Fall is prime time for planting spring-blooming bulbs and, of course, cool-season annuals for late color. It’s well known that fall is also the ideal planting time for most trees and shrubs. Not so common knowledge: fall is a great time to plant perennials, too!
The keys to planting perennials in fall:
- Choose plants with a healthy root system. (You can tip them out of their pots to check.) The top growth may look a bit bedraggled from a summer at the nursery, but as long as the roots are healthy, the perennial has a great chance of success in your garden.
- Plant perennials early enough before the ground is expected to freeze to allow them to establish their roots in the soil. Aim to plant perennials no later than four weeks before the first expected frost, although planting closer to the frost is possible with extra care. More about timing, plus related tips.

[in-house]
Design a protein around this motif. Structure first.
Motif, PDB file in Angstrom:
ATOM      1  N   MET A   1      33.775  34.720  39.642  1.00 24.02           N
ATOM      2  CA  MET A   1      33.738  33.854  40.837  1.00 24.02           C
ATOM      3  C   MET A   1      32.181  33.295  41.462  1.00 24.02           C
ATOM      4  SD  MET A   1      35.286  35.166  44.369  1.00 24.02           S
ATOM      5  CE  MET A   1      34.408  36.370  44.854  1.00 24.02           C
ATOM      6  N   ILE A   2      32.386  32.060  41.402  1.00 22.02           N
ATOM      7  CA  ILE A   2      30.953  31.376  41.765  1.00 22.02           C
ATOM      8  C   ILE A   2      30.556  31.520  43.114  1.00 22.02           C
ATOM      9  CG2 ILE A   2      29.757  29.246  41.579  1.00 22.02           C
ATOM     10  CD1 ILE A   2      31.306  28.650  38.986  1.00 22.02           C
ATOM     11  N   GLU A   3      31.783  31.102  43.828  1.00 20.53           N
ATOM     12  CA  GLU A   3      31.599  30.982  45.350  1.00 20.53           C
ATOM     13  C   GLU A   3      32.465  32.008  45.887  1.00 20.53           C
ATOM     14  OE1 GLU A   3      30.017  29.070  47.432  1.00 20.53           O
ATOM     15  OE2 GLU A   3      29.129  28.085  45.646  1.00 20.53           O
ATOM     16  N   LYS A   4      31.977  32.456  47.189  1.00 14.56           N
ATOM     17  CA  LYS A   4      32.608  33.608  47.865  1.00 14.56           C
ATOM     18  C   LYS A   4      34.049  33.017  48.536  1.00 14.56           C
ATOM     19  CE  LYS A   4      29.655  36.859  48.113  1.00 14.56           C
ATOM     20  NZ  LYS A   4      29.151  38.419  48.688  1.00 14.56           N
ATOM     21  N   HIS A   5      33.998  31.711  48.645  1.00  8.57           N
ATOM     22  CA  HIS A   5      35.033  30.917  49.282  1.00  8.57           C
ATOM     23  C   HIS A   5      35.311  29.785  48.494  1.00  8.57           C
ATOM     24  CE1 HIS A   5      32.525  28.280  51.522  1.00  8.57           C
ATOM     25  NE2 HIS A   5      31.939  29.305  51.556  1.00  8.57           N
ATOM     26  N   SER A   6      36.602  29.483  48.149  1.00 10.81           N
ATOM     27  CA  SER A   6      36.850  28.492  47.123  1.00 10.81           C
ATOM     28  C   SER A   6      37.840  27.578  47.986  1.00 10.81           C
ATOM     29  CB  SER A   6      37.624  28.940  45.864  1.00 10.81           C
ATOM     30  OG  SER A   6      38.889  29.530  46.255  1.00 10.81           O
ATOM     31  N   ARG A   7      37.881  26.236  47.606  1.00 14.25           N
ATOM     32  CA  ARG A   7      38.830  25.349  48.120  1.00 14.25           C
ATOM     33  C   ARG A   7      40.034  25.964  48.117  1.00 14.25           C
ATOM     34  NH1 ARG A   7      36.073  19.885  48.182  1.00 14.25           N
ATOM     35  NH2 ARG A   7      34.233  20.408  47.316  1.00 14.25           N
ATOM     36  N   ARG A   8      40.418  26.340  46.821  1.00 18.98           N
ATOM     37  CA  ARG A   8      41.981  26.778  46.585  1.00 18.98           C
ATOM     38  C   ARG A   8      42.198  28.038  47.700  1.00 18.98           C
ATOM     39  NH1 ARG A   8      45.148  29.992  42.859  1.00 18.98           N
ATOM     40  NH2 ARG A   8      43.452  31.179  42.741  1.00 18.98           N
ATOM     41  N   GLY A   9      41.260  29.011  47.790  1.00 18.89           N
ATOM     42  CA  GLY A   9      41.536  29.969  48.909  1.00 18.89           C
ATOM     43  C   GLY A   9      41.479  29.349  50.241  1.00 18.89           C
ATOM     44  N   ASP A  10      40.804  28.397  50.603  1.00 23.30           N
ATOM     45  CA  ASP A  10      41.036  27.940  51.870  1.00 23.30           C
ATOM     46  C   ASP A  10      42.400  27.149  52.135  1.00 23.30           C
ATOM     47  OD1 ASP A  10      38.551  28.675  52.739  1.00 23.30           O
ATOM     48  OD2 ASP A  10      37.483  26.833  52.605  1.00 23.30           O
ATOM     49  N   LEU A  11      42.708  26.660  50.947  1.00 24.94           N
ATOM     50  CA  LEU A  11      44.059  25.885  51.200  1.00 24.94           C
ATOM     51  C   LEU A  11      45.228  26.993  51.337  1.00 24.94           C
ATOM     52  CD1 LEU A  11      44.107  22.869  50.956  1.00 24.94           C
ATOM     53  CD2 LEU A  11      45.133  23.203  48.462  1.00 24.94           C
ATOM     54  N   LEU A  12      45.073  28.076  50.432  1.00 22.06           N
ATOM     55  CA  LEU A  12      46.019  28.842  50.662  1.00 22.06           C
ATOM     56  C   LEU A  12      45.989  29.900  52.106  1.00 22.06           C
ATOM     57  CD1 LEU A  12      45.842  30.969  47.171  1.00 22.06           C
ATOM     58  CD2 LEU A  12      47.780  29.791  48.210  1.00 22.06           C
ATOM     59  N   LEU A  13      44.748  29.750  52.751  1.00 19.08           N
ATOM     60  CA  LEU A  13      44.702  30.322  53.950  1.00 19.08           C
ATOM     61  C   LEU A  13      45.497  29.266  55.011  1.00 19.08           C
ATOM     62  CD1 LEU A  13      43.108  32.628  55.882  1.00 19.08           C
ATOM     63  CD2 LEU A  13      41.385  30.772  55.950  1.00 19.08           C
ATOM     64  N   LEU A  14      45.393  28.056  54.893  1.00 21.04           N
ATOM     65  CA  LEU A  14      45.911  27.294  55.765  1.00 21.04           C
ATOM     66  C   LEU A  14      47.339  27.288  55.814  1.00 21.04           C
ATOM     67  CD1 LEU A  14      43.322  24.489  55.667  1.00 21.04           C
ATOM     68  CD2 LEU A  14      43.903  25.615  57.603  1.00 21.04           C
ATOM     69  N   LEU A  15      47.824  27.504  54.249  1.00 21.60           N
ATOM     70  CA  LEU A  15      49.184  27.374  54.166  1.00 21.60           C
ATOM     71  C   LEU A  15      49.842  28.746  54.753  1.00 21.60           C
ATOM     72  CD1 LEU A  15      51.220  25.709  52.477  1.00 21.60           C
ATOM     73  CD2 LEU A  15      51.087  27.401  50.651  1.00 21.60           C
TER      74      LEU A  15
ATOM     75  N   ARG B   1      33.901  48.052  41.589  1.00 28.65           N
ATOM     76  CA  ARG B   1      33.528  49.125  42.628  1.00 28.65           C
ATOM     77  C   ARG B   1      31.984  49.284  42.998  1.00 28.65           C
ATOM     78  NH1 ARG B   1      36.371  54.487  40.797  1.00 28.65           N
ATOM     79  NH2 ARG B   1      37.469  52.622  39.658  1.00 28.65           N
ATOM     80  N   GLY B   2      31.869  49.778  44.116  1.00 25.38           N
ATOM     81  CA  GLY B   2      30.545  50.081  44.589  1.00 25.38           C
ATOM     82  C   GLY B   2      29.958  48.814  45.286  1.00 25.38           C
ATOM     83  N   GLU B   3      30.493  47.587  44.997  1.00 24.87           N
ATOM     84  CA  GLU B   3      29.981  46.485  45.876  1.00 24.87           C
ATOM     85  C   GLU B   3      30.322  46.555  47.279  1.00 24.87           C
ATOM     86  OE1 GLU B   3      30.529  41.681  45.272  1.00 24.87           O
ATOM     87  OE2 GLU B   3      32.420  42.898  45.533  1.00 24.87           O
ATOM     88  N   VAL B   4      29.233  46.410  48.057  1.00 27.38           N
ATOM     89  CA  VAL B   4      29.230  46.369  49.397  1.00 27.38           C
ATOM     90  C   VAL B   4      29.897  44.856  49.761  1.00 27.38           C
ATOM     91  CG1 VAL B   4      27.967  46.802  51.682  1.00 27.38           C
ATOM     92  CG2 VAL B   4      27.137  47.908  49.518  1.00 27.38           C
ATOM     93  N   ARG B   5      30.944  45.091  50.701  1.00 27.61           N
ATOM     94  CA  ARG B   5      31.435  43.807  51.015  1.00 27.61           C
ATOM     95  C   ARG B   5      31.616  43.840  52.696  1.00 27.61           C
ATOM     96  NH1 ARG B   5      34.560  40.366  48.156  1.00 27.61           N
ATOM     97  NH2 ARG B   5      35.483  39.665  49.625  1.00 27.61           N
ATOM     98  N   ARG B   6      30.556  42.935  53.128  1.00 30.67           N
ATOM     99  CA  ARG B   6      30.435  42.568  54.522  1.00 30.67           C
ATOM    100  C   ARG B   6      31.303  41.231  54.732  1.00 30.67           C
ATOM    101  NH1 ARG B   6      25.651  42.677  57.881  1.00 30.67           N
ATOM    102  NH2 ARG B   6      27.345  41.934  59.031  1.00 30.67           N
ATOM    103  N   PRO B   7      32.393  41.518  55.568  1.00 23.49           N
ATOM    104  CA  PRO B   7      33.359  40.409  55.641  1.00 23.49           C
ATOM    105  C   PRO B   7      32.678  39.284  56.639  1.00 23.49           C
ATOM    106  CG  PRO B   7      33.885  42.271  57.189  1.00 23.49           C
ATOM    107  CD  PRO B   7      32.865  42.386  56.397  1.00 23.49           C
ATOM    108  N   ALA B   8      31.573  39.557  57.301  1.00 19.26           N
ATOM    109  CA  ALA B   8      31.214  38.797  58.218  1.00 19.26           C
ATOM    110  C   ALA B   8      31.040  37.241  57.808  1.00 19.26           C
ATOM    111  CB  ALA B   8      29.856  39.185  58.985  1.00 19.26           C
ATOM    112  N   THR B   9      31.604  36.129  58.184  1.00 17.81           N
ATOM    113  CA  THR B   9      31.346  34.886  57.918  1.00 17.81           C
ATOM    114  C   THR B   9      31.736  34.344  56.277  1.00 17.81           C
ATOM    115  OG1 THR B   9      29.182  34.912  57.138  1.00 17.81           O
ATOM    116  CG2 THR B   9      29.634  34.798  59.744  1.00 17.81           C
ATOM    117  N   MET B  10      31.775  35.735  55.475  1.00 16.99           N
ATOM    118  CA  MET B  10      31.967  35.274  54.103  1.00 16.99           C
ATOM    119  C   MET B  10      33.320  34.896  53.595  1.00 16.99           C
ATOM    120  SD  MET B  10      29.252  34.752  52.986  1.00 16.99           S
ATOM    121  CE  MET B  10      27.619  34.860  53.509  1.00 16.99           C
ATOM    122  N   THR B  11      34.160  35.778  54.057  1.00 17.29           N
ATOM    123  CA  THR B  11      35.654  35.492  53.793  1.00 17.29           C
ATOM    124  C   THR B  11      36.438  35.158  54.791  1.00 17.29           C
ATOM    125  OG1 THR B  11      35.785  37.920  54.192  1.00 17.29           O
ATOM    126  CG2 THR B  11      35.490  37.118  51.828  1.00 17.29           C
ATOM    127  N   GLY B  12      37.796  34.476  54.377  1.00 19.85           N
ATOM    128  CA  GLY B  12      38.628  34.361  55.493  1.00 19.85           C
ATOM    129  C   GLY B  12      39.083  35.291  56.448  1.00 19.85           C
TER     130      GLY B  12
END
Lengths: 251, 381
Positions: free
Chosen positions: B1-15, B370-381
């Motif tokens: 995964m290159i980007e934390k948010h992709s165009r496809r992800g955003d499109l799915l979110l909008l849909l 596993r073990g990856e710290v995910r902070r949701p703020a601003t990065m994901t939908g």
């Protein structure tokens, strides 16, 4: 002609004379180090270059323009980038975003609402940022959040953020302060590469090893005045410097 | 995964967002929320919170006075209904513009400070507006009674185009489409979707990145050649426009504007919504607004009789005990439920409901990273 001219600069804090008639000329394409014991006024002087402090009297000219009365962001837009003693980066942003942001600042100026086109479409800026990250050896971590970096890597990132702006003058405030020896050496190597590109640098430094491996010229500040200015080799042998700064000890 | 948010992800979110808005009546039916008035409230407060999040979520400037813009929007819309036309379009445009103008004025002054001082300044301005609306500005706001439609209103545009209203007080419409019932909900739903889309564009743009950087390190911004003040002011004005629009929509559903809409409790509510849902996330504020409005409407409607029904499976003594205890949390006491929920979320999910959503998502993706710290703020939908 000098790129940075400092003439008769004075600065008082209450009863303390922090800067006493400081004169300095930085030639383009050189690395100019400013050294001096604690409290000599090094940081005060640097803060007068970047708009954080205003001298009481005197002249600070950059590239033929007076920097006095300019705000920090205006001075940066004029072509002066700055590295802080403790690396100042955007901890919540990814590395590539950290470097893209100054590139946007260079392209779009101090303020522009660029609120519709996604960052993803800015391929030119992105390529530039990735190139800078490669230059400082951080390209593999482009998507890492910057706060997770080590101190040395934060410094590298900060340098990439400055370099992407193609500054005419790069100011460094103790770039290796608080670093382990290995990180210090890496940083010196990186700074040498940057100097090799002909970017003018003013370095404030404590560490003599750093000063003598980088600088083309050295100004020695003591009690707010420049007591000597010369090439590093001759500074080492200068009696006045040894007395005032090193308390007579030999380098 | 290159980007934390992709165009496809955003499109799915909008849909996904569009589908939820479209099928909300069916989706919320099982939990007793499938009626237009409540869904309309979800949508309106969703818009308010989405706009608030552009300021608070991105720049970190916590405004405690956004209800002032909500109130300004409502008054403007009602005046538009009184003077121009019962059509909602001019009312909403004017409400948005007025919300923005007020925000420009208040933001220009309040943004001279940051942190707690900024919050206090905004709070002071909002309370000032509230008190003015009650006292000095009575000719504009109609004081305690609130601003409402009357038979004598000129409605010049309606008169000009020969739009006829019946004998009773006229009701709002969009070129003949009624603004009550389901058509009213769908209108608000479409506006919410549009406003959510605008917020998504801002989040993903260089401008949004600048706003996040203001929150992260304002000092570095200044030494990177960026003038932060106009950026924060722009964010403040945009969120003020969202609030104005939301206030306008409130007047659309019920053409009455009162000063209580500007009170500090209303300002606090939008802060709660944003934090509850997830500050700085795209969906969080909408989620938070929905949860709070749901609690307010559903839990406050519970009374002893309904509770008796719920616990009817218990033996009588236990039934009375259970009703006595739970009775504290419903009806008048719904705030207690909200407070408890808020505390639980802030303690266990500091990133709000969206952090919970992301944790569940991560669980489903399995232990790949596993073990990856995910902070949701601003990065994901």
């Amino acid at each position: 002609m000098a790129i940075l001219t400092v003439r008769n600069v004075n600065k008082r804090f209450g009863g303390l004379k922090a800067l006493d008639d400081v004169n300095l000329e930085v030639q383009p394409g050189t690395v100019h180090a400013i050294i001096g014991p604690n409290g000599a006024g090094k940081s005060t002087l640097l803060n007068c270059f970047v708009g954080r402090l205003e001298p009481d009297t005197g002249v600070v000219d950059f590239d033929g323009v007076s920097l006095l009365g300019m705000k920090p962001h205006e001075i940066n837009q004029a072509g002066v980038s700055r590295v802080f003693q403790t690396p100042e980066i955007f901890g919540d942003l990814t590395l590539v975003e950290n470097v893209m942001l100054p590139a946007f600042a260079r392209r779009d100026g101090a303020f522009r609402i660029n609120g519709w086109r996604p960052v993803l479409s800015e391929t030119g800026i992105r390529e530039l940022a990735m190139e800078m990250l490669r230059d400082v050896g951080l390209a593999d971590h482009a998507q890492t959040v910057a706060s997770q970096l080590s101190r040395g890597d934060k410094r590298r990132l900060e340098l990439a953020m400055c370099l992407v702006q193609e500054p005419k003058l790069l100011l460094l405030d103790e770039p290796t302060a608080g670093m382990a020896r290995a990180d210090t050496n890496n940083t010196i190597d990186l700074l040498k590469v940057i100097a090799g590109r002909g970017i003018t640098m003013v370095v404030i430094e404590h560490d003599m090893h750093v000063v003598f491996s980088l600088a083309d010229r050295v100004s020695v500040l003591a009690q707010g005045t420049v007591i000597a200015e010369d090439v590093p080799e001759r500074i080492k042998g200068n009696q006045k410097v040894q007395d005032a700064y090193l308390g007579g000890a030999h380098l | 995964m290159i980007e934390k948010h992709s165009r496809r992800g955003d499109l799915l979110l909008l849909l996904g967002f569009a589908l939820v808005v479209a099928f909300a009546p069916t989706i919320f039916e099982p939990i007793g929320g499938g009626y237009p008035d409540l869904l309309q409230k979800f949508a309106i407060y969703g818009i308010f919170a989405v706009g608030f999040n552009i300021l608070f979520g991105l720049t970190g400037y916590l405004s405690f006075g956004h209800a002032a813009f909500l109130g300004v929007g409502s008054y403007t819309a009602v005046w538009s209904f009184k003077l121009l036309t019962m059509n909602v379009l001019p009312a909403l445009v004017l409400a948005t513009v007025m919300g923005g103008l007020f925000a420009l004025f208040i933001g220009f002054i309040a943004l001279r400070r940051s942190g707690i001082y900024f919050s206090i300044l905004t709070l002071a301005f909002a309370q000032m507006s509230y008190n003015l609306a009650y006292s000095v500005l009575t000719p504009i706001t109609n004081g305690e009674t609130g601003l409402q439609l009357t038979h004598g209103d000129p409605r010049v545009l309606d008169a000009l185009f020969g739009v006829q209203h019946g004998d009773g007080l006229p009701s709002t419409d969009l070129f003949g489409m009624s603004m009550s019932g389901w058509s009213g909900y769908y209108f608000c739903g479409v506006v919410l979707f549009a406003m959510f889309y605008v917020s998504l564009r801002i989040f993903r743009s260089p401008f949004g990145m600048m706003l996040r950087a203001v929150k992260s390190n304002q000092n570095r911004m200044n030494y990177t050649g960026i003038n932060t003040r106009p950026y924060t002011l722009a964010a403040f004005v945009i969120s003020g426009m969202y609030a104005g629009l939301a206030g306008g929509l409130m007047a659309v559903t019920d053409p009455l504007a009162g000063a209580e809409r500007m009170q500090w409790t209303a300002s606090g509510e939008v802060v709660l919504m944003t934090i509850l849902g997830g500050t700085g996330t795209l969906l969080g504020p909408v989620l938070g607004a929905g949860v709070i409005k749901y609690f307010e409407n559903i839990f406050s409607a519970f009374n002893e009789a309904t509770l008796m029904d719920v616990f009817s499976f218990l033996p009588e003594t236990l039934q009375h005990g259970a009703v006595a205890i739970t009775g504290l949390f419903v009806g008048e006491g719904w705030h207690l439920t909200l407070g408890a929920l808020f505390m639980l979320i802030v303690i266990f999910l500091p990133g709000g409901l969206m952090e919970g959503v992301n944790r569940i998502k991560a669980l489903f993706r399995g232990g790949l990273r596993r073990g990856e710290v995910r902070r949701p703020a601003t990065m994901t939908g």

- Keep the fall-planted perennials watered up until the ground freezes, especially in dry spells. Even if frost has killed the tops of the plants, the roots continue growing until the ground freezes.
- Lightly mulch when you first plant perennials, to conserve moisture. After the ground freezes, apply more mulch to regulate the soil temperature over the winter. More about winter mulch.
Image: Salvia officinalisby Jörg Hempel, CC BY-SA 3.0 de